10 Reasons Why Mobile Learning Matters

16 01 2007

Recently, I have been thinking about what it is about flexible, online, and mobile learning that makes it an increasingly essential aspect of today’s teaching and learning practice. What is it about mobile learning that helps educators to teach better, or learners to learn more effectively?

To kick of a new year of teaching – and to perhaps inspire some of you to try out mobile learning this year – these are some of the best reasons I can think of for investigating and supporting the use of mobile learning approaches in both workplace professional development and education and training:

1. Mobile learning approaches can enable teaching and learning to occur at the most appropriate time and/or place. Just as an audio tour at a gallery or museum enables learning to happen right in front of a significant artefact or artwork in a way that cannot be replicated by the best textbook or online resource, so mobile learning approaches can enable students to learn about horticulture at a nursery, or medical students to have ready access to learning materials while at a hospital. In these cases, mobile learning could enable the best learning.

2. Mobile learning approaches allow learners to access learning conveniently and flexibly. For example, students can absorb audio resources on an iPod while jogging, feeding a baby, or doing the ironing, rather than putting aside time or leaving work to attend a lecture or class. Because they can be easily carried about, mobile learning resources can be even more convenient than computer-based resources. While computer-based resources provide access to learning *anytime*, they are often dependant upon a computer, plugged to a wall for power or internet access. Mobile devices enable “anytime, anywhere” access to resources designed for mobile learning use.

3. Mobile literacy is becoming a vital basic work skill. Just as computer and information technology literacy is now considered an essential basic skill, mobile information technology literacy will be considered a vital skill in less than ten years time. It is becoming increasingly important to train and maintain a workforce skilled in using mobile information technology to enhance their work performance and mobility. In a growing number of industries, customers expect workers and professionals to have a mobile phone and be contactable during business hours, even if they are “out in the field”.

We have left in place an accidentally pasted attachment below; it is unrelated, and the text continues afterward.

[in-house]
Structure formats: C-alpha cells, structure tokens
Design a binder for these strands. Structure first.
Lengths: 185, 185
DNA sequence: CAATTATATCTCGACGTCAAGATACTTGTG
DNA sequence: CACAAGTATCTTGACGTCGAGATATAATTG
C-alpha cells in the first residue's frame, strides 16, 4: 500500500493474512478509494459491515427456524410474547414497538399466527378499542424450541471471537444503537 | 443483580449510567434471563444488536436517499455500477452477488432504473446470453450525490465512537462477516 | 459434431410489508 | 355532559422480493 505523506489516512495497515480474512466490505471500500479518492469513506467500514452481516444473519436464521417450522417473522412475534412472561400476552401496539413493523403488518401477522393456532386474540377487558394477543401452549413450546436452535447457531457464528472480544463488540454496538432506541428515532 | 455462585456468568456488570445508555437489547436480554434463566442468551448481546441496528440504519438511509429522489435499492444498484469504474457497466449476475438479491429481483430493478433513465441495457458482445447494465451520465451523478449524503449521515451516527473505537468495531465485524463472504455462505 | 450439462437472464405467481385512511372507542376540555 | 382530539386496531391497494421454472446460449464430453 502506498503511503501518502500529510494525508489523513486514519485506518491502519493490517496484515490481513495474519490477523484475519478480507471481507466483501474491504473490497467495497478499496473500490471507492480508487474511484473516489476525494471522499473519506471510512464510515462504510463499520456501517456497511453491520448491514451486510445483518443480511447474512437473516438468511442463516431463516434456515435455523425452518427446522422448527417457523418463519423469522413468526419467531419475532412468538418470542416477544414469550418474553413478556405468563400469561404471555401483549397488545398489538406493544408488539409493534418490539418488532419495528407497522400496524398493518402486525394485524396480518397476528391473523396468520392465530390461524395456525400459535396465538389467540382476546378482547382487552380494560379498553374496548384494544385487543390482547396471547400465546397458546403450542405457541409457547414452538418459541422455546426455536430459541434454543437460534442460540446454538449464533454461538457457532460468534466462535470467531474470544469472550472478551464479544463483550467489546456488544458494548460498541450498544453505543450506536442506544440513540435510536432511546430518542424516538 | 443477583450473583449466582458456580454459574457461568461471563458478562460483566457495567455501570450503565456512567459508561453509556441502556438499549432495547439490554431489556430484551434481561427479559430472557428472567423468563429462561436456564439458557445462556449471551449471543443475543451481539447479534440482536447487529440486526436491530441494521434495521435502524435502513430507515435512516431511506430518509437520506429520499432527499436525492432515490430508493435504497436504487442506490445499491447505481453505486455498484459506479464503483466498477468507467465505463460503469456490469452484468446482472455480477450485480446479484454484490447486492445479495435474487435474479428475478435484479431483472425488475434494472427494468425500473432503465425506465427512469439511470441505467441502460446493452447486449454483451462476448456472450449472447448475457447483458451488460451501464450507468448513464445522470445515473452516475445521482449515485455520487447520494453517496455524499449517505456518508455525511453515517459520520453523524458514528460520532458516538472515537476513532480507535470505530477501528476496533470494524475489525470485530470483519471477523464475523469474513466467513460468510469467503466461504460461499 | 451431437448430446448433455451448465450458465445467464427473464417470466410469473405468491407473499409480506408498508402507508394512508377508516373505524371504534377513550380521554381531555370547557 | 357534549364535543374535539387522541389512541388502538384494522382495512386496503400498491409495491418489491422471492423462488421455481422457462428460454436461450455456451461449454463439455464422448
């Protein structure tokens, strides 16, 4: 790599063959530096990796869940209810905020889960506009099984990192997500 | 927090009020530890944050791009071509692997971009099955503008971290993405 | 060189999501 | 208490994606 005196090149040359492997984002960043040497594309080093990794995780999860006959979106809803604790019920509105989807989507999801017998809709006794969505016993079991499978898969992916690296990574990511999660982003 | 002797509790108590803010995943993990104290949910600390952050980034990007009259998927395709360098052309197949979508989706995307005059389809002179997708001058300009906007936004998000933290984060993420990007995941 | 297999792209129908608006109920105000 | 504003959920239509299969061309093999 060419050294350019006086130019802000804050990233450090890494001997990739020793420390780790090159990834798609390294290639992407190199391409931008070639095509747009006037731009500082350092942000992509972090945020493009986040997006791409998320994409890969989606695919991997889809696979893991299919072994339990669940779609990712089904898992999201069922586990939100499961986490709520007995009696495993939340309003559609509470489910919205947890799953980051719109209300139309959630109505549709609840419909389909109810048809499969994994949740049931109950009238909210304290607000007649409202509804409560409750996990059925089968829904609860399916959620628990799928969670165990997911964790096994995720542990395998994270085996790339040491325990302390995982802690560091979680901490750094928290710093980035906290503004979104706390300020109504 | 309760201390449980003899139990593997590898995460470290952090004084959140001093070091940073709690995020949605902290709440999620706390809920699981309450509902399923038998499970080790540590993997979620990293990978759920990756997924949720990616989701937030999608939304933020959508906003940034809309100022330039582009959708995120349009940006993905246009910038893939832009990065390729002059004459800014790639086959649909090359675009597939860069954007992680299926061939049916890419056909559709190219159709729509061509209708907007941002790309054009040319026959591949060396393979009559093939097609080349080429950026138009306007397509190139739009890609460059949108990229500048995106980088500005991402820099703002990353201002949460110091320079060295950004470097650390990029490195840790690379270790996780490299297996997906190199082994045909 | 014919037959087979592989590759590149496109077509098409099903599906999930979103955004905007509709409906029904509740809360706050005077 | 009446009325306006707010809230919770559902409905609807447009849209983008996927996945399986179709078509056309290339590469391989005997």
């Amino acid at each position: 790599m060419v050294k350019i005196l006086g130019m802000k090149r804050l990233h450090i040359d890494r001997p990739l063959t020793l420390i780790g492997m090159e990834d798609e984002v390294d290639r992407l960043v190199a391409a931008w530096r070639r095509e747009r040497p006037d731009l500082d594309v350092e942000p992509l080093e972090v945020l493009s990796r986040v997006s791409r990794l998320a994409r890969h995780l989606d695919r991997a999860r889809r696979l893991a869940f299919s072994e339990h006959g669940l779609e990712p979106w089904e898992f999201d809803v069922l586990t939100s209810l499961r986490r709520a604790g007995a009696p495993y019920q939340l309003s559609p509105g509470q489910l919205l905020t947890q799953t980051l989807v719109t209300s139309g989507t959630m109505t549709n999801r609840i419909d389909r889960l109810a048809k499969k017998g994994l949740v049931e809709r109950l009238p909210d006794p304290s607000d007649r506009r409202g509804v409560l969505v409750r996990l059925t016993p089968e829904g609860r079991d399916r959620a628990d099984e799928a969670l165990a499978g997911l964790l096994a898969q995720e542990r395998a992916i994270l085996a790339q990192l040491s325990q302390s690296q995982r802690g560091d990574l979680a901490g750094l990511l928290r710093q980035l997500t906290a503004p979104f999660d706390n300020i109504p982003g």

4. Many industries and professions use digital mobile devices as
industry standard equipment.
To ensure its relevance in such
industries and professions, training must include the use of the same
technologies commonly used in the industry or profession. In the medical profession, PDAs are becoming common as references for the latest pharmaceutical information; many Australian plumbers now send picture messages of problems back to the workplace for advice or quotes, and restaurant orders are recorded by floor staff on PDAs and wirelessly transmitted to the kitchen for faster, better service. If we are training the doctors, nurses, plumbers and waiters of the future, we must equip them the the knowledge and experience they will need to stand shoulder to shoulder with those already in their respective industries.

5. Digital mobile devices can do more, better, and faster than ever before. Tried and proven methods of decades past, (for example, recording , sharing, and playback of audio books and lectures, formerly achieved with cassette tapes), can be achieved with far greater efficiency and power than in the past (e.g. keeping a whole semester’s worth of lecture audio or video recordings on a single iPod for instant revision, anywhere, anytime). The power of state-of-the-art desktop computer less than ten years old can now be held in the palm of your hand, enabling true interactivity and connectivity, and advanced learning techniques and materials.

6. Mobile learning can be the least expensive alternative. Many of the tools that can be used for mobile learning are already in the hands of learners: for example, statistics show that almost everyone in the first world, and a high proportion of people in developing countries, own and use mobile phones. Mobile phones have inherant utility as a means of communicating and sharing information, and often also include functions for recording audio, video, or photographs, viewing documents, playing back sound files and accessing the Internet. Other mobile learning devices such as a recording mp3 player that also doubles as a memory stick for saving work, for example, can be bought cheaply (for less than the price of a textbook). This means that it can be cheaper to provide materials on mobile devices than to produce the same materials in printed form – thousands of pages of electronic text and images can be contained on a USB memory stick, if required.